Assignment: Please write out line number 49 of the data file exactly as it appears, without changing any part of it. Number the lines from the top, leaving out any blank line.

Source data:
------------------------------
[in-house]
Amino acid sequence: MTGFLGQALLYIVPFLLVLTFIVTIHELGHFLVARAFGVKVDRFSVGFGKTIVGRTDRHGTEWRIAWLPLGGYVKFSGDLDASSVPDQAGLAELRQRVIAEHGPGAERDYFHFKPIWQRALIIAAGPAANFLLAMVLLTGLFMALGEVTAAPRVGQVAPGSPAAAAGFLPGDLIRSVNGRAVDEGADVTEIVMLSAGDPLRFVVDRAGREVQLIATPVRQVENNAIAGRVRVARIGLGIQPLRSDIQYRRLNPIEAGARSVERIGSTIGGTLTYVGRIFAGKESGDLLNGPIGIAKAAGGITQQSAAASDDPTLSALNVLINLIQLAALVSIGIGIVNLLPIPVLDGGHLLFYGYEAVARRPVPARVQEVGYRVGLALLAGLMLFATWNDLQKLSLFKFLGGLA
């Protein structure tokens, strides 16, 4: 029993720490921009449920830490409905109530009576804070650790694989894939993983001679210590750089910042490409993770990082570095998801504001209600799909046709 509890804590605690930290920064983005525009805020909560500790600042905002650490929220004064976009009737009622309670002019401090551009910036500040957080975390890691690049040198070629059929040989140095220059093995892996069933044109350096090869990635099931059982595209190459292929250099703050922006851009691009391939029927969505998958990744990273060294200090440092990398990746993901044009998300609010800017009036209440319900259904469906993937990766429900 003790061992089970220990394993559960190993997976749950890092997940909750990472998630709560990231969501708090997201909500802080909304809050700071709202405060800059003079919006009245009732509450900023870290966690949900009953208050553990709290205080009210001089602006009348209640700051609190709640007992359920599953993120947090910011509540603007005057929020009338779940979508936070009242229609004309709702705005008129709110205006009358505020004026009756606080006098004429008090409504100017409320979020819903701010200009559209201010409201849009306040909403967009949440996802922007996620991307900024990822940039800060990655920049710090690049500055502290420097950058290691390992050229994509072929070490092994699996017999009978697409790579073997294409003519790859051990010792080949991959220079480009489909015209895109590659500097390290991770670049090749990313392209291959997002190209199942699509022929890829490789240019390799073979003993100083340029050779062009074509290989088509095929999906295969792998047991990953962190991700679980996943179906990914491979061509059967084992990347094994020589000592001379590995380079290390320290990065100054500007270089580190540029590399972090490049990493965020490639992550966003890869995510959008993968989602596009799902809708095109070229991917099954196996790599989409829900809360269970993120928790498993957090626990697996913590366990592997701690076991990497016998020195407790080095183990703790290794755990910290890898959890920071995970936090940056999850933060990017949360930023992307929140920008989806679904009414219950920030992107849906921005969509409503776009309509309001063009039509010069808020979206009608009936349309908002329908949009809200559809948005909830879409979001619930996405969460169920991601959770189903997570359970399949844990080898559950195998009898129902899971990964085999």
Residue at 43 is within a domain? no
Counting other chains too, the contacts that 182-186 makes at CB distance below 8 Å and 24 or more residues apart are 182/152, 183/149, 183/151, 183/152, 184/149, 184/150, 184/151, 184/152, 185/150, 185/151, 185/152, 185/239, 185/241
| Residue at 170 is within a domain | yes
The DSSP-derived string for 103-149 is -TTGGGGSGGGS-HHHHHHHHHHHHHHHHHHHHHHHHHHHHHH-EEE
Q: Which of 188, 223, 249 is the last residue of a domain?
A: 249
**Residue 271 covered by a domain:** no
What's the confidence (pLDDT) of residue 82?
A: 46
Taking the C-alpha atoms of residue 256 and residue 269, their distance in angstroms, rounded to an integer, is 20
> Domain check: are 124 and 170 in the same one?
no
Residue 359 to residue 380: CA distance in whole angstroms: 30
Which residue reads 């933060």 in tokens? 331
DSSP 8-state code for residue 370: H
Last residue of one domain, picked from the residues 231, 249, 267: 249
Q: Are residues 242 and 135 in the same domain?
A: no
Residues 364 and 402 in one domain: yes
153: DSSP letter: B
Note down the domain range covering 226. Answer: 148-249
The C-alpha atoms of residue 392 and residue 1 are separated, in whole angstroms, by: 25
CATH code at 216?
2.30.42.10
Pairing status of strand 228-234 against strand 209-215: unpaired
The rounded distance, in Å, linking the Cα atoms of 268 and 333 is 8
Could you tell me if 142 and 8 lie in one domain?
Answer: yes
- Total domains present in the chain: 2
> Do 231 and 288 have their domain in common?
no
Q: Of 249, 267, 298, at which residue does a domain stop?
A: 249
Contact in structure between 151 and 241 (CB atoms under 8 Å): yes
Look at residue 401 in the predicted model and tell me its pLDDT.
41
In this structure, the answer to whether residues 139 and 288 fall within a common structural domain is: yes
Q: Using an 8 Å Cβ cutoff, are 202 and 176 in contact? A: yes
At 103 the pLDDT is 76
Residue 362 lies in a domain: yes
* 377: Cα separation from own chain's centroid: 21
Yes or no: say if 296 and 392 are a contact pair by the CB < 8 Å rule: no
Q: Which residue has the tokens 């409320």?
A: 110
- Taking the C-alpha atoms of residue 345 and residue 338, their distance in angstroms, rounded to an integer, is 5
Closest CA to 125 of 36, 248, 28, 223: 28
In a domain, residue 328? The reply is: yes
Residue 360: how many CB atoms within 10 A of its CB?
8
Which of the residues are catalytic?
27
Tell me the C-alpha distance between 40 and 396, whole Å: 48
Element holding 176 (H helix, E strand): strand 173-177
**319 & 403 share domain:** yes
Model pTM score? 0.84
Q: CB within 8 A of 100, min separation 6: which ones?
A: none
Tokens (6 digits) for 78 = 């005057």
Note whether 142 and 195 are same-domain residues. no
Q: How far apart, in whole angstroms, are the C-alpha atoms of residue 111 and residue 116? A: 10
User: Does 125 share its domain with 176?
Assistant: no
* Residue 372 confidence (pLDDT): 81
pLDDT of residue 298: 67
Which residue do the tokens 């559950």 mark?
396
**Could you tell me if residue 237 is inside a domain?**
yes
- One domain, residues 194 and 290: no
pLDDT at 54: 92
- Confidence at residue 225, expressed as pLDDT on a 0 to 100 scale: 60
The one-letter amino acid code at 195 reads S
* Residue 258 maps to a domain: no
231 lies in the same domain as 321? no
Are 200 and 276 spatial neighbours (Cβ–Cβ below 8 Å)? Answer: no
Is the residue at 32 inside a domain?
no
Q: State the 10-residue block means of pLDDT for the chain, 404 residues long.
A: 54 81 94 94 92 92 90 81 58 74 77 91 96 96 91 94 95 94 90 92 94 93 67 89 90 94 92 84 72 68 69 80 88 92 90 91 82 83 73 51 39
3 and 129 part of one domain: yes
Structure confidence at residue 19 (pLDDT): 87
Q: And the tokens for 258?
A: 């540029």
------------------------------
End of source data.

Closest CA to 125 of 36, 248, 28, 223: 28